By Justin Spittler, editor, Casey Daily Dispatch
Big alcohol is terrified of marijuana.
I don’t mean alcohol executives have watched the propaganda film Reefer Madness one too many times… I say this because marijuana is a grave threat to their business.
Even Molson Coors admits this. Coors is one of the largest U.S. beer companies. It sells the popular brands Blue Moon and Miller Light (among many others).
And it recently identified marijuana as one of the biggest threats to its business. Here’s a direct quote from its latest annual report published on February 14:
Although the ultimate impact is currently unknown, the emergence of legal cannabis in certain U.S. states and Canada may result in a shift of discretionary income away from our products or a change in consumer preferences away from beer.
In other words, Coors thinks its customers will smoke more marijuana and—as a result—drink less beer. That’s obviously bad for business.
Coors isn’t the only major beer company worried about this, either…
Boston Beer, the parent company of the popular Sam Adams brand, recently said that marijuana could eat away at its business. The same goes for Craft Brew Alliance, which makes Kona and Omission beers.
These companies have good reason to be nervous, too.
After all, marijuana legalization is sweeping the nation. Medical marijuana is now legal in 30 states and the District of Columbia. Recreational marijuana is legal in eight states.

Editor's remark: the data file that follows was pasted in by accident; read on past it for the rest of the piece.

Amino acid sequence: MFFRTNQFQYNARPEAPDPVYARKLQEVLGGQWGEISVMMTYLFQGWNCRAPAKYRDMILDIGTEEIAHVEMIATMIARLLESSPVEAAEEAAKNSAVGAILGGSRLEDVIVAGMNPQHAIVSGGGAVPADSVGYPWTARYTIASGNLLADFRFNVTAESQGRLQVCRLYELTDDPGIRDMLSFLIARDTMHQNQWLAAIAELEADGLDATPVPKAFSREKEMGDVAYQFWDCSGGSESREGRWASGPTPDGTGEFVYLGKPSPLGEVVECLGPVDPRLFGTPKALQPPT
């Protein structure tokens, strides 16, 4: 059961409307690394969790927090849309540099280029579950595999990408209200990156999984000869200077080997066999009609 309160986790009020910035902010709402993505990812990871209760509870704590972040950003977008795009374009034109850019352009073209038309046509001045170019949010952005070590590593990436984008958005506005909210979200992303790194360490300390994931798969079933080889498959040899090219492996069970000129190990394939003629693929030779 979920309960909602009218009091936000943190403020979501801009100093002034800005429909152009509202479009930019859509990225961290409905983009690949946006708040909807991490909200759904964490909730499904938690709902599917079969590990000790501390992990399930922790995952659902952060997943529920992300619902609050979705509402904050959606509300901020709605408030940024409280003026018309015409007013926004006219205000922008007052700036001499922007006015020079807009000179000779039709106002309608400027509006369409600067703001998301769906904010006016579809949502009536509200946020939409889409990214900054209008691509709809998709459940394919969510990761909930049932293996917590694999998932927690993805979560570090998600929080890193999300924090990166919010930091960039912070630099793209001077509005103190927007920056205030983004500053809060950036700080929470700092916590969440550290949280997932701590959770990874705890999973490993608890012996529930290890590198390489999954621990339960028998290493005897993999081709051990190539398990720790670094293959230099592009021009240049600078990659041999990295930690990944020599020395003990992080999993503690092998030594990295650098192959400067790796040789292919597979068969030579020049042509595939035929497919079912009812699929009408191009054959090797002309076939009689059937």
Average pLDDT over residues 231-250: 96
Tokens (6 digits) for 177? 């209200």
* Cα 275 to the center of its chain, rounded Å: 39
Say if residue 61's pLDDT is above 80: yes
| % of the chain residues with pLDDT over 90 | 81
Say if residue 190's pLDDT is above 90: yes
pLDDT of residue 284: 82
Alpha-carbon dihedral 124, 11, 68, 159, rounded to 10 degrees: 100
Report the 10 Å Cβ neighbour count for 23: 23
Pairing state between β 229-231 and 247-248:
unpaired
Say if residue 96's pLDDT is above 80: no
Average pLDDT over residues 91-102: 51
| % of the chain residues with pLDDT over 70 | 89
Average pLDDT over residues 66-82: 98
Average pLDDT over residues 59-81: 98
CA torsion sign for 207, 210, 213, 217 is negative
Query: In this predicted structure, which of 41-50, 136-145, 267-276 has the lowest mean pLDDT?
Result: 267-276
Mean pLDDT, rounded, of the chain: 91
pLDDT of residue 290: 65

Not only that, recent research by University of Connecticut and Georgia State University found that alcohol sales fell 15% in a number of states that introduced medical marijuana.
It’s now only a matter of time before marijuana is legal at the national level…
Now, I realize some readers don’t want to hear that. That’s because a lot of folks think marijuana is dangerous to society. Some even think it’s evil.
But I didn’t write this essay to argue in favor of or against marijuana legalization. At this point, that’s frankly a pointless discussion.
And that’s because marijuana legalization is happening whether you like it or not. The movement simply has too much momentum at this point. It’s a runaway freight train.
Coors obviously thinks so, too. If it didn’t, it wouldn’t have called marijuana a major threat to its business.
That alone should get you curious about investing in marijuana. But many investors are still nervous about investing in pot. And there are a number of reasons for this… but one of biggest ones is recent price action.
We just saw a huge pullback in marijuana stocks…
The U.S. Marijuana Index fell 36% between January 23 and February 27. Many individual marijuana stocks fell even more. We’re talking declines of 50% or more in a matter of weeks.
This “crash” has freaked out a lot of investors. I know because nervous readers have been flooding my inbox lately. They’re asking me if the marijuana boom is over.
Cannabis stocks have tanked almost every day since the Sessions comments. I have a long-term perspective on equities. I understand all stocks carry risks, but any current thoughts or outlook on this sector?